How good are the UK government's green credentials?

Wind turbines help to combat climate change (photo: Adobe)
Wind turbines help to combat climate change (photo: Adobe)

Latest article from Angela Terry

Green Green campaigner and consumer expert, Angela Terry, separates climate change facts from fiction and here she explains how you can take simple, practical steps to help save the planet. Follow @ouronehome & visit https://onehome.org.uk/ for more advice.

Green campaigner and consumer expert Angela Terry examines how serious the government is on the climate crisis.

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    Q: Is the UK government a world leader when it comes to climate?

    A: I understand why you think so.

    Our government has said some fantastic things, especially when we hosted COP26 in Glasgow. Its commitment to net zero was a landmark moment in global climate policy.

    Unfortunately, these words and commitments have not translated into action in many areas.

    Government’s own experts

    Recently, the government’s own climate watchdog Committee on Climate Change issued a damning progress report on its climate policy. It found that "major failures in delivery programmes" mean the UK is not on track to reach its climate goals.

    This slow progress is costing us in terms of our energy bills. Average household bills would already be about £125 lower if previous green plans had been followed.

    Wind turbines help to combat climate change (photo: Adobe)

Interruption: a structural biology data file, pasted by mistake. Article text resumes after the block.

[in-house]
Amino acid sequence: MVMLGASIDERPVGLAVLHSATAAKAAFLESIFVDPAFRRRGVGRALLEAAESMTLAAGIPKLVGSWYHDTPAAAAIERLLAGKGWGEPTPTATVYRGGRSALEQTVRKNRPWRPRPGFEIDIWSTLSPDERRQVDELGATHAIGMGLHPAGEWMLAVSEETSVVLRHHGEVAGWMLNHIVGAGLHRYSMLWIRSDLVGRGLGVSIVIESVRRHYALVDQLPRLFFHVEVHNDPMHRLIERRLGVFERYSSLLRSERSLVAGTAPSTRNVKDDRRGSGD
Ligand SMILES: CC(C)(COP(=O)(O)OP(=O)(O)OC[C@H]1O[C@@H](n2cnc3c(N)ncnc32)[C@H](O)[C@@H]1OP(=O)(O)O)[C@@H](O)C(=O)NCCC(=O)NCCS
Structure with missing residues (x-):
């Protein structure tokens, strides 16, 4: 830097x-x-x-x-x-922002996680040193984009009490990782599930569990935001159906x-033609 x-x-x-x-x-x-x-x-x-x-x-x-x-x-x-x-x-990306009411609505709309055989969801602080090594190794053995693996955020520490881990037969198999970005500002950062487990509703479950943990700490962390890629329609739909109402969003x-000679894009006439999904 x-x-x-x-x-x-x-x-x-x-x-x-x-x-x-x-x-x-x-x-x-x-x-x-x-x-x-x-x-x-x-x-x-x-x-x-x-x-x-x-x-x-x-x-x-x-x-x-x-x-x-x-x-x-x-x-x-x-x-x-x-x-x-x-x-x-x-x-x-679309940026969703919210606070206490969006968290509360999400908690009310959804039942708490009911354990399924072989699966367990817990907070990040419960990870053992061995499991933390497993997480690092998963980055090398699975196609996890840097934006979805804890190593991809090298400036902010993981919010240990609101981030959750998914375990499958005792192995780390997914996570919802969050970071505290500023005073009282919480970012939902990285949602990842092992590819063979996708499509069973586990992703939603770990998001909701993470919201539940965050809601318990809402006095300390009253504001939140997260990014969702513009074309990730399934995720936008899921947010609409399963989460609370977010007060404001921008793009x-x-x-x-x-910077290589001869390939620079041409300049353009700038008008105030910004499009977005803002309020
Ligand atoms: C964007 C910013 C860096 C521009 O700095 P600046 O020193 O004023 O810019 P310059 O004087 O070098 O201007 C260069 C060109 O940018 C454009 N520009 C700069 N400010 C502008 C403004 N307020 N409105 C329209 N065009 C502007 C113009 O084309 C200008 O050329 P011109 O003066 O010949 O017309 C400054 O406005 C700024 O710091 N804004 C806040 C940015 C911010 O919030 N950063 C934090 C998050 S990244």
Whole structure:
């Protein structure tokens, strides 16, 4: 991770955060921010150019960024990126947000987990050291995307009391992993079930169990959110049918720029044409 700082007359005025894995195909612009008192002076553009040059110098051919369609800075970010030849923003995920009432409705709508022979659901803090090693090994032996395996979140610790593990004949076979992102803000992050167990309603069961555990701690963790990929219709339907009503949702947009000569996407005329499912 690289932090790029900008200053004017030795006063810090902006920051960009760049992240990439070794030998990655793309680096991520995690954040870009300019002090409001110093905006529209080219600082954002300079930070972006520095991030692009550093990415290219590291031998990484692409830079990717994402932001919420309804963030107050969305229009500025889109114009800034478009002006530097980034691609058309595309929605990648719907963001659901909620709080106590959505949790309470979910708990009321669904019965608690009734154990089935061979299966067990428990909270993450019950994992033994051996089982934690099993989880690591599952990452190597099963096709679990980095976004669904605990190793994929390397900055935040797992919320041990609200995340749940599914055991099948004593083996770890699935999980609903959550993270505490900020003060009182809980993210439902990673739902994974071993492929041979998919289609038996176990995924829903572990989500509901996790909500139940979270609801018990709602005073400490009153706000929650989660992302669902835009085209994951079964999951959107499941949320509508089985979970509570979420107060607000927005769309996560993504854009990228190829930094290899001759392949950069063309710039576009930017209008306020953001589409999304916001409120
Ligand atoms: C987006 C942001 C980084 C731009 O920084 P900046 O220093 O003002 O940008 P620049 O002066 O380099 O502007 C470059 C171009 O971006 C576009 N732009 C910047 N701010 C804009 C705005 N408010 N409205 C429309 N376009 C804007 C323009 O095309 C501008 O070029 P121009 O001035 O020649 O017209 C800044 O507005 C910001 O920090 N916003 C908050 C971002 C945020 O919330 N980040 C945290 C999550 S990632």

The CCC’s Chair Lord Debden pointed out that moving rapidly away from oil and gas is not just essential in terms of lowering carbon emissions, but would also boost the UK’s energy security and reduce people’s bills.

    What are worst problems?

    The greatest failure is insulation. Despite soaring fossil fuel prices and rising carbon emissions, the government still has no plans to help people insulate their homes. Brits have the draughtiest homes in western Europe. Whenever most of us switch on the heating, heat escapes – which means paying for extra gas. Energy efficiency helps cut bills.

    The government also needs to support the transition to clean energy. It has blocked onshore wind farms, even though they’re the cheapest form of power and extremely popular. It also plans to support a new coal mine. Coal is the most polluting form of energy, so in 2022 this is unbelievable. The focus for new jobs and lower bills has to be on renewable energy.

    The other tough area is transport, the UK’s biggest source of carbon dioxide. Funding for bus services keeps being cut, so people are forced to use cars, which are expensive to run and contribute to air pollution.

    Finally, we need a public information campaign, so everyone is confident on how to take action on climate change and save money while doing so. That’s why I set up One Home!

    What can you do?

    Raising awareness by talking to friends and families is helpful. Writing to your local councillors or MP and expressing your worries about the lack of climate action is another great step.